Self-care, in my mind anyway, can be a difficult practice to feel good about. I end up feeling like I’m indulging myself. I do think self-care can become self-centered. If in every situation I put my needs above the needs of others, I’m overstepping the purview of self-care. Self-care does not justify the elevation or magnification of my needs, goals, wishes above other people’s, somehow making mine more urgent and important. Instead, I think self-care is acknowledging those needs, goals, wishes in the different areas of our lives: spiritual, mental, physical, social, and from there, figuring out how we should go about pursuing them in a way that’s life-giving.Self-care does not have to be a practice that makes us feel guilty or self-centered. It is a good thing to do. It keeps us sane, and when we’re sane and doing well, we’re better able to help others and feel fulfilled, not drained.
A metaphor to help better understand self-care, and hopefully detach from it feelings of guilt and ‘wasted’ time, is to think of self-care through the lens of an ideal parent-child relationship.
What do parents do with their kiddos? They check in often. They ask probing questions and are genuinely sympathetic to the response. They want their child to feel safe, healthy, secure, and happy. They go to great ends to foster a healthy, supportive relationship with their child.
So for this metaphor for self-care, think of your body as the child, and try to take on the mental role of a devoted, caring parent.
Check in with your body like a parent would check in with a little one, questioning yourself without judgement.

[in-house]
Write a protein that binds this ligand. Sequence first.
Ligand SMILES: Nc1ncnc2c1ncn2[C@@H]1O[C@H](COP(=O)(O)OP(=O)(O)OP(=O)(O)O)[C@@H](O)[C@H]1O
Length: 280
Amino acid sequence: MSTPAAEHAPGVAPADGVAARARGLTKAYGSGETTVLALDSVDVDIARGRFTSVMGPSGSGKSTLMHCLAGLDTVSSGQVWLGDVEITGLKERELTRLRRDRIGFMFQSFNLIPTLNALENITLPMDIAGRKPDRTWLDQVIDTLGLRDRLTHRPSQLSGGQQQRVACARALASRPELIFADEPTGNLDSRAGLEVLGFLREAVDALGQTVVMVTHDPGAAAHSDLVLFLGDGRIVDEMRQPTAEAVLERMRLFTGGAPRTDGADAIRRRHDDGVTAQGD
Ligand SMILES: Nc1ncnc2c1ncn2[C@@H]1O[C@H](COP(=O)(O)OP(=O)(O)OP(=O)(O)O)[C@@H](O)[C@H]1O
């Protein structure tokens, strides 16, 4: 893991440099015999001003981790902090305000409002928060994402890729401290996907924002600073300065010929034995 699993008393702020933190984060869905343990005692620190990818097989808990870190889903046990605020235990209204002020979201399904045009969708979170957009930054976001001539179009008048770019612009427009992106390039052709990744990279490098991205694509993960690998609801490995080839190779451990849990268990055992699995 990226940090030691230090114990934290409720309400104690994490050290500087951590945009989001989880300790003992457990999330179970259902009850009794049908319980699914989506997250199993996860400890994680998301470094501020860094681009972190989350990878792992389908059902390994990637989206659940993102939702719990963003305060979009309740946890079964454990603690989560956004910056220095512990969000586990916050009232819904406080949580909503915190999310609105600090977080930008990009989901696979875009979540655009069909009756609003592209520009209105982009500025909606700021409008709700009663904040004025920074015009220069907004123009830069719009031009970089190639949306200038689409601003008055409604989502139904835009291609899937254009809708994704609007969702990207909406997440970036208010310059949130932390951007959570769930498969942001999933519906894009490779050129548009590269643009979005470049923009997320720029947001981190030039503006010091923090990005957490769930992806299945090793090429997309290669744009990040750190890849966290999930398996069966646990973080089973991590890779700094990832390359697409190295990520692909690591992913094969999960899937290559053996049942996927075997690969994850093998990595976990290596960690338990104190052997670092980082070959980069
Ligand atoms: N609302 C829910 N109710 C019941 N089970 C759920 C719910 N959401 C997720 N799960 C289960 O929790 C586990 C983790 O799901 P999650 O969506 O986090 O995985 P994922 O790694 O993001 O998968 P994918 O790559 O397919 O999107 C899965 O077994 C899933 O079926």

Ask yourself questions like:
How are you feeling today?
Are you resting enough?
Are you eating enough? Is it food that makes you feel good?
Have you spent enough time with other people? Too much time?
What’s worrying you?
What are you learning? (from work, school, relationships, in your spiritual life)
Are the things you’re doing, thinking about, listening to life-giving ? Why or why not?
Then from there, answers in tow, we can explore the areas that need extra attention and make adjustments. Self-care can be challenging when it means changing habits we’ve grown accustomed to, but we get to ‘play the adult’ and choose what is in our best interest. Not the easiest. Not the most comfortable. Not always what feels good.
That can mean delaying instant gratification for long-term satisfaction.
Admitting that staying up late every night makes you feel hungover and working to get more sleep.
Letting go of food rules or aspirations for a certain body-type and accepting the body you have right now.
Choosing family time instead of a workout.
Self-care can also be simple. Soaking in the tub is my current favorite way to unwind before bed. I also started crocheting, and even though my current project looks more like a ski mask than a pot holder, it’s a way to spend my free time doing something other than scrolling my phone, which I do too often. Things like the tub soak and the crochet project are part of a personal self-care goal to unplug a night. I noticed that when I’m in front of a screen before going to bed, it takes longer to fall asleep, and I don’t feel as rested.
I’d love to hear your thoughts on self-care. What does it mean to you? How do you practice it in your own life?
Linking up with Amanda for thinking out loud.